We believe that it is absolutely unacceptable to have 95% of characters with disabilities played by actors without disabilities. It is a matter of social justice to have a large segment of our population authentically represented in the mass entertainment that is television and scripted, dramatized stories. It is necessary to create an environment where actors with disabilities have access to play characters with disabilities. It is also necessary to reduce stigma surrounding “invisible” disabilities such as addiction and mental illness. Only by having actors who are open about those disabilities will we slowly create a society that doesn’t shun or shame a vast segment of its population. We have to tell stories about people with a variety of disabilities and we have to be fair in representing them accurately. Only then will we have more realistic stories that reflect our society.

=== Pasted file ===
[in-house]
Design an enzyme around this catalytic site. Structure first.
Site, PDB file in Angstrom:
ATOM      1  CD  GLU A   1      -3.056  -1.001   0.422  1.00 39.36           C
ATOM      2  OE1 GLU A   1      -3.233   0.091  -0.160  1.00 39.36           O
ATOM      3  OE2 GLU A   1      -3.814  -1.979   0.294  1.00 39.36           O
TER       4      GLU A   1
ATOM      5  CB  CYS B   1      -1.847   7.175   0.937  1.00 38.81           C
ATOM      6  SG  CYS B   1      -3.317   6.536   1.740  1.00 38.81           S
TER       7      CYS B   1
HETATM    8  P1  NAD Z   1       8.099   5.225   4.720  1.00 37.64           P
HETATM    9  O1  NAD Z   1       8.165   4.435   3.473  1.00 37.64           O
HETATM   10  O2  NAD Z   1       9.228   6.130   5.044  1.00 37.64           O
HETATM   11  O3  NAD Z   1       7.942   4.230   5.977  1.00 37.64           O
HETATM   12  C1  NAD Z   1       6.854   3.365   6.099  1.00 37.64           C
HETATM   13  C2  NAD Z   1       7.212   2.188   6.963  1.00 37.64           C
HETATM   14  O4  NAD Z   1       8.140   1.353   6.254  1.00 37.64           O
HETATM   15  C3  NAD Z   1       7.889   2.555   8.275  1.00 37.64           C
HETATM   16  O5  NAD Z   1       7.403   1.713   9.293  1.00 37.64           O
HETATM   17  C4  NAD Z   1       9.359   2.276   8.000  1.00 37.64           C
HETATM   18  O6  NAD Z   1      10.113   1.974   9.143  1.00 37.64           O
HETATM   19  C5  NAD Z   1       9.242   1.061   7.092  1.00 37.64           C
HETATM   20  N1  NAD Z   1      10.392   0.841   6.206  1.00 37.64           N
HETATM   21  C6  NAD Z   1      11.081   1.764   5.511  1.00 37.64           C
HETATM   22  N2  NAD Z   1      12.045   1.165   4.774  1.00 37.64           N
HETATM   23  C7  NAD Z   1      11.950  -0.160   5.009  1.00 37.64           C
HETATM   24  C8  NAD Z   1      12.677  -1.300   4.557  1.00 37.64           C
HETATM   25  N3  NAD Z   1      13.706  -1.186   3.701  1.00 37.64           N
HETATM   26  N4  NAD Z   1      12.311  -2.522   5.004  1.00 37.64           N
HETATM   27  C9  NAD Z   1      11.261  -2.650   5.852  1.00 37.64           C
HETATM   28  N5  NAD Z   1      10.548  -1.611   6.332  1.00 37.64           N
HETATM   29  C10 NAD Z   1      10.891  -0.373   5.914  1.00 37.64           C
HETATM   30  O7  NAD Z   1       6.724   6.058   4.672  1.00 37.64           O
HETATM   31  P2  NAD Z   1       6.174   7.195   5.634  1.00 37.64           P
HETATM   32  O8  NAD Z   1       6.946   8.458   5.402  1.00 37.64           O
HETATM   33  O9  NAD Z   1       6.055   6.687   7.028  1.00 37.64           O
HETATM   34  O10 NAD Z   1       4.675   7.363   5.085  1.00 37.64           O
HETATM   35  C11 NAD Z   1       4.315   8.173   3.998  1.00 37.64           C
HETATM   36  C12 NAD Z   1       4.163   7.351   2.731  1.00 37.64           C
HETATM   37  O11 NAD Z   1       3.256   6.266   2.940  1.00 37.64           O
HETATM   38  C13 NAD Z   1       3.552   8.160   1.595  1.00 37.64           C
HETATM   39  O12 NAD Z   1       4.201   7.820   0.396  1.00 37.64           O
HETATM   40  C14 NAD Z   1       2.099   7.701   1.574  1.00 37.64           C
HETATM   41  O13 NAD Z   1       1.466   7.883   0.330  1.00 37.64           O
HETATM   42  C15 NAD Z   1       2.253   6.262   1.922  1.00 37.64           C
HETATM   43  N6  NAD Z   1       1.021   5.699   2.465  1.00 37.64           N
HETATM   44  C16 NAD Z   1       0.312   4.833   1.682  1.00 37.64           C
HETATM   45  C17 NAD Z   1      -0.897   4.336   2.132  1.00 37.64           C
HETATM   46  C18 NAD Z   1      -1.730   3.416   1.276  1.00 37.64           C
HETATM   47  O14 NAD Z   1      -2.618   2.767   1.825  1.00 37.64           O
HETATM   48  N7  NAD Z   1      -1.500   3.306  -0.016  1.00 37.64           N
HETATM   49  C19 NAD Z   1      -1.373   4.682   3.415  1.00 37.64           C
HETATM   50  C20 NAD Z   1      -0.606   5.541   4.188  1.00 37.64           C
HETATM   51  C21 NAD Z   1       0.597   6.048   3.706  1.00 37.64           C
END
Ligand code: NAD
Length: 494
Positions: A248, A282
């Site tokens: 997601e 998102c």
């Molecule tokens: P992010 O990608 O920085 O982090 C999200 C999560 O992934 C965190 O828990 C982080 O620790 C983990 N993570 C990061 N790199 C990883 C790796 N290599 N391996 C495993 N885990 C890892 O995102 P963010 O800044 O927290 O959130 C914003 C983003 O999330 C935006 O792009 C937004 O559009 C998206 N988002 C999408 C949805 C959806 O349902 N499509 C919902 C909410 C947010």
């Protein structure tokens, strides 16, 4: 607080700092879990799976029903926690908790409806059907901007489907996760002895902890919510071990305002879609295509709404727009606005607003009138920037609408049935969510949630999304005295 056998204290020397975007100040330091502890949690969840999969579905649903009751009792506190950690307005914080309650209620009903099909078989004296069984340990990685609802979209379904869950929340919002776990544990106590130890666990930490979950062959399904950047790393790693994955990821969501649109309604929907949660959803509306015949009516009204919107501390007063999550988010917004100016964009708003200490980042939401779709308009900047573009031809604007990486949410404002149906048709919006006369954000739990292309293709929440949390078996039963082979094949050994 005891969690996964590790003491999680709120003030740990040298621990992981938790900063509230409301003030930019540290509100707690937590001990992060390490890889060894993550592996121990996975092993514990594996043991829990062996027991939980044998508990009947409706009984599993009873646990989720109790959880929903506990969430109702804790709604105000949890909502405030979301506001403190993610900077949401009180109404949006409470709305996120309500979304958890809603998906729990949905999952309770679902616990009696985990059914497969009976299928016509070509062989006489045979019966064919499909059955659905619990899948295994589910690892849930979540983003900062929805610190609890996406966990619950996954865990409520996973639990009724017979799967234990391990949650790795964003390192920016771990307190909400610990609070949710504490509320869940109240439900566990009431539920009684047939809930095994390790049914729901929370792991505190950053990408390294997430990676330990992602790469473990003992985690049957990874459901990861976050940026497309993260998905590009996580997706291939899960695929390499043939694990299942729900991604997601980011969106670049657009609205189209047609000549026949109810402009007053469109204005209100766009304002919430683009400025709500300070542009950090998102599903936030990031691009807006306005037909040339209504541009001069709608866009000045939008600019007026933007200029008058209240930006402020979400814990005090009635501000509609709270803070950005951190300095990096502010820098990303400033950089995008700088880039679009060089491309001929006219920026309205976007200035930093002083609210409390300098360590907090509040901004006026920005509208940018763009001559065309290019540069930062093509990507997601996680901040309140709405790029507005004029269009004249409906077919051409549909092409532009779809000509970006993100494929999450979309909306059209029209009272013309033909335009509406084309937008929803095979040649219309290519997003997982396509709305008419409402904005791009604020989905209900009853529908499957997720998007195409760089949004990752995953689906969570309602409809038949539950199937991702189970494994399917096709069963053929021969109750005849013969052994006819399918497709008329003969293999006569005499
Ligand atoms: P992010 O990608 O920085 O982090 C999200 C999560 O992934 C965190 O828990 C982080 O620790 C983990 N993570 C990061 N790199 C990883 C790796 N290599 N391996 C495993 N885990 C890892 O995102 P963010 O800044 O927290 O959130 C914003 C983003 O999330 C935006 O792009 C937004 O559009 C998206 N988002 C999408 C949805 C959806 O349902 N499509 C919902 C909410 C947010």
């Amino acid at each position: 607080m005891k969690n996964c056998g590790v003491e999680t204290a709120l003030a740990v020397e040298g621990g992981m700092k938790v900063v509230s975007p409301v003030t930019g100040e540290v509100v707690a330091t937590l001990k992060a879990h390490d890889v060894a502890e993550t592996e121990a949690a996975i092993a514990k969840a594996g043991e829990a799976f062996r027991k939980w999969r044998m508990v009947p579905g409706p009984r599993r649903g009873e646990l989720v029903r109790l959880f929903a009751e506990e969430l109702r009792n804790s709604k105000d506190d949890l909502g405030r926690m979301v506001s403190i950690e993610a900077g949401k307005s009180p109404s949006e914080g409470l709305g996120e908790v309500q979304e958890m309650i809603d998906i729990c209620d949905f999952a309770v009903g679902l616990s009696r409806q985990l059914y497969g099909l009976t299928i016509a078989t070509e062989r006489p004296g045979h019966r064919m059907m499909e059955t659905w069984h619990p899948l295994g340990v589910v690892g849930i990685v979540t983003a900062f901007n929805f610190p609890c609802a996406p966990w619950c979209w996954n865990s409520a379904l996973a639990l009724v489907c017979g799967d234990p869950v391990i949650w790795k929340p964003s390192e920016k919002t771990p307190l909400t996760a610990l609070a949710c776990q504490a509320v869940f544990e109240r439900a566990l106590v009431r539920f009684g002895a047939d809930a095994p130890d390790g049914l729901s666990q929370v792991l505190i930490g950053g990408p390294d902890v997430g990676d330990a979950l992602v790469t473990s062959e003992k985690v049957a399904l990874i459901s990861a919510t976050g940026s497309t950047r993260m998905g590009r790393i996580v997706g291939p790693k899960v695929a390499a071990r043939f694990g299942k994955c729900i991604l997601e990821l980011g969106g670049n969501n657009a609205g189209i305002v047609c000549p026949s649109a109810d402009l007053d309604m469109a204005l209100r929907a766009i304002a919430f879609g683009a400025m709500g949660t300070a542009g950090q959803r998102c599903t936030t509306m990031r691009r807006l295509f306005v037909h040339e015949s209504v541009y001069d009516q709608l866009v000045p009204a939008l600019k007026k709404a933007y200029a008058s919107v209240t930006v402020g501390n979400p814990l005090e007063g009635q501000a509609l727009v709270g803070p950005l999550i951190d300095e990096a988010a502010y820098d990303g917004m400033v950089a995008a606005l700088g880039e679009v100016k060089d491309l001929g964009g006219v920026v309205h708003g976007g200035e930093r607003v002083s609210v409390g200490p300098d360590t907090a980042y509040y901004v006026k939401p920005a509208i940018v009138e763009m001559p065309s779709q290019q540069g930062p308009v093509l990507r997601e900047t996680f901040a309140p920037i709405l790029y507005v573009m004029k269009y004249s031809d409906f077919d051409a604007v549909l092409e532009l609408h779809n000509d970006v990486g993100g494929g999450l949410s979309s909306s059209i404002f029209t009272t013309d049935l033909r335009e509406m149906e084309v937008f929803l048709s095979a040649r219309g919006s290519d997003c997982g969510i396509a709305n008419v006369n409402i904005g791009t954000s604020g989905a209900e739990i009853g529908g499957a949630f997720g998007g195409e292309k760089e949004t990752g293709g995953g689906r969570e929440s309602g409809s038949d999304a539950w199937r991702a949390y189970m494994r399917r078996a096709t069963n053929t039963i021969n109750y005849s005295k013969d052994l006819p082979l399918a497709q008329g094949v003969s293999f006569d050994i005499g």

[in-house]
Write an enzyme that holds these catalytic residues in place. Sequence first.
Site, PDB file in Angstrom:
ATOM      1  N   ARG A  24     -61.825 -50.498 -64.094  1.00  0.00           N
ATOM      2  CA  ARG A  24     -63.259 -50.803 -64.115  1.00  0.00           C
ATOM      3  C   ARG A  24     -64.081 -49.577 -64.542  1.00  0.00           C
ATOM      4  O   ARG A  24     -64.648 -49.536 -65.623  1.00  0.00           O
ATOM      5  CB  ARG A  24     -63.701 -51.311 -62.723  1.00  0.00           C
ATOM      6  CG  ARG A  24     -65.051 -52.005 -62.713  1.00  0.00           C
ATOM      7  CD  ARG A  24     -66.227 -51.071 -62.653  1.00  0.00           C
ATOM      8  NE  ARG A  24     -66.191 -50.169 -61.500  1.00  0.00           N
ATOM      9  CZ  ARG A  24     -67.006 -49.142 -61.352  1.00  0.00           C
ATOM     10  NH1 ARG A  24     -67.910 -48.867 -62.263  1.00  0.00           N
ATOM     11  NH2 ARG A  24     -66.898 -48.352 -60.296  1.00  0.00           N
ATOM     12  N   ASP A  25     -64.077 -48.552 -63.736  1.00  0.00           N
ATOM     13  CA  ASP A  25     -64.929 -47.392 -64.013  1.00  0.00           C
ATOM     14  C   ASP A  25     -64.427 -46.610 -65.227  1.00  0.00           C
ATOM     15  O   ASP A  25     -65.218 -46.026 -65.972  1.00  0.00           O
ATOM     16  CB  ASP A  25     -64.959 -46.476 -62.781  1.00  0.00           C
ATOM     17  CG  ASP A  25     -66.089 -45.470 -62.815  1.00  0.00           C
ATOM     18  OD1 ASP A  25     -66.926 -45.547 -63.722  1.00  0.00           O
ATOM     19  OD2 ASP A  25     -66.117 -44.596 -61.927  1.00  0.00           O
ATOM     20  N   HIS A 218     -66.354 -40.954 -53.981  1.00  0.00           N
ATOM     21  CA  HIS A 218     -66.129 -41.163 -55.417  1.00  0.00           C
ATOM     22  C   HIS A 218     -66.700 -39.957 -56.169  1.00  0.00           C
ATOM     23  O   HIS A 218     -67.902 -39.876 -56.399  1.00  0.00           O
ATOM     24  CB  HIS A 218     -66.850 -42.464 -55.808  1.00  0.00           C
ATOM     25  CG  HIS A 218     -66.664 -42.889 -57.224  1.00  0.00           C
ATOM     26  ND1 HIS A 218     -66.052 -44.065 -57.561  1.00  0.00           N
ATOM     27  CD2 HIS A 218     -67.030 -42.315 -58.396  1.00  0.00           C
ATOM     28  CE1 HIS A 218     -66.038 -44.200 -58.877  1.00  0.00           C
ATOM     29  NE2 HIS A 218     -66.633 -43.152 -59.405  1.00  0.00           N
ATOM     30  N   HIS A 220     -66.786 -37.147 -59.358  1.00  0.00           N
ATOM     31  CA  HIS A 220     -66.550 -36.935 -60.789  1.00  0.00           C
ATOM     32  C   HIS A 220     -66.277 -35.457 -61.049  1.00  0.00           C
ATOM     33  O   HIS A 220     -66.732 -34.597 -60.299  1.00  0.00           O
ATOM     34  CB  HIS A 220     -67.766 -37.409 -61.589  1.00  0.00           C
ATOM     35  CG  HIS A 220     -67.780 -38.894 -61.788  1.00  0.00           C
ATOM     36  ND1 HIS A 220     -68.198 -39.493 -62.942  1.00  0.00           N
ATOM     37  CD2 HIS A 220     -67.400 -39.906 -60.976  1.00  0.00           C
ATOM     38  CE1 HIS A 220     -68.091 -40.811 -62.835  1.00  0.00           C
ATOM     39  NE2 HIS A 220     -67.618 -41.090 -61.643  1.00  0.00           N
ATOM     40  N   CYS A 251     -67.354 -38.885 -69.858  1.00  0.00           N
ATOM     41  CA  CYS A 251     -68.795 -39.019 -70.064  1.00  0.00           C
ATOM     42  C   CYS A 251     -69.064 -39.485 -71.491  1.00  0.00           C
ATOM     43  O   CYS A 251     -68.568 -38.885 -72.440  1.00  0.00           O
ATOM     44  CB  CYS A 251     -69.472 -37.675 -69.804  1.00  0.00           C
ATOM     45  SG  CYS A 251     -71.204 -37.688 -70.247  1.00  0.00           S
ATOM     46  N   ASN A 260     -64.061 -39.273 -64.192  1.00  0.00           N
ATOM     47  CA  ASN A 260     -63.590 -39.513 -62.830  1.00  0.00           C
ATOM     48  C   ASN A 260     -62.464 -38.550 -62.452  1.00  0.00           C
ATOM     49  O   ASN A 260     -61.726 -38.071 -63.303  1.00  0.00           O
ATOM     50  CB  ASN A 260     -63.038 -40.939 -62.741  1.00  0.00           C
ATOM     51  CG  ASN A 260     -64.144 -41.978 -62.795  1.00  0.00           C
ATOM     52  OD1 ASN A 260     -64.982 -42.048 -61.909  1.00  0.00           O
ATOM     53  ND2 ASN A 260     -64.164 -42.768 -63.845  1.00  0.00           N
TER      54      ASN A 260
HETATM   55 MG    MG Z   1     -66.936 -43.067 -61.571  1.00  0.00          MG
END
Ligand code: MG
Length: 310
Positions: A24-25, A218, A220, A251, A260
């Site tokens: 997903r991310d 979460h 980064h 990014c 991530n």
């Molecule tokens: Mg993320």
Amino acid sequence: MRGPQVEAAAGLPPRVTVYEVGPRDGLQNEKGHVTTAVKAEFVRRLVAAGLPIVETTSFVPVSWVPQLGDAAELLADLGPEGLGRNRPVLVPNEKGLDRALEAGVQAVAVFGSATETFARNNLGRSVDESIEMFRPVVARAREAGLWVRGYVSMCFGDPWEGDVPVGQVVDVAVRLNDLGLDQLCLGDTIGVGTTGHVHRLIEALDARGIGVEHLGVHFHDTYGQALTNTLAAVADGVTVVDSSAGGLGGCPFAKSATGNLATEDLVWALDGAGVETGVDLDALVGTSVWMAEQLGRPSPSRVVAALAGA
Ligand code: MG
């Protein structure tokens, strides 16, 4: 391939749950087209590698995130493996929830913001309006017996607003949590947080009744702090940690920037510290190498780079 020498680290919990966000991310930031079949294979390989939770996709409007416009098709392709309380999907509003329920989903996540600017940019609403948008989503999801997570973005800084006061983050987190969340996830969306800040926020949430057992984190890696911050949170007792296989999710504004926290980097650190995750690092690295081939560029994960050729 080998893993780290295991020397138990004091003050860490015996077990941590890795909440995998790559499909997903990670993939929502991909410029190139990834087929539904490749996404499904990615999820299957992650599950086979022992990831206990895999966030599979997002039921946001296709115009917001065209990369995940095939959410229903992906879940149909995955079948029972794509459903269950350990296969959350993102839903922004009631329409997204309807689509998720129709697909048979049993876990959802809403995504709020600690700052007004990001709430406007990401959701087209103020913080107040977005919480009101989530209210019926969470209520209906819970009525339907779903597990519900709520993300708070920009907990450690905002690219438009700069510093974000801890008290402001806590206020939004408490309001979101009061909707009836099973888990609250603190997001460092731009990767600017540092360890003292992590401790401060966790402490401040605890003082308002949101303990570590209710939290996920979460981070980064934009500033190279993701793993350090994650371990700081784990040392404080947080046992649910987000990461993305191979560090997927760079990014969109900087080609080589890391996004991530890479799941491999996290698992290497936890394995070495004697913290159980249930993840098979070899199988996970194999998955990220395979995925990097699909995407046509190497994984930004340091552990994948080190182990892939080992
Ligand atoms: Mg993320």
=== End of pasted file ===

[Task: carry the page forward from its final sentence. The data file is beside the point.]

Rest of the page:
We will not choose a number and say that this is how many characters with disabilities need to be played by actors with disabilities. But we are saying that it’s about time we start ensuring that it’s more than 5%.
It is argued that when it comes to people with disabilities, television representation is imperative for stigma reduction. Due to factors such as frequent inaccessibility of public places, abysmally low employment of people with disabilities, and segregation in education, mainstream culture often doesn’t have the chance to organically encounter and interact with people with disabilities. So almost by default, most attitudes toward people with disabilities arise from the stories we encounter around us—stories which are woefully underrepresented in the most widely consumed medium: television.Read the full report here.
Tucson Death Café is a group directed conversation about death and related subjects without agenda or objectives.… More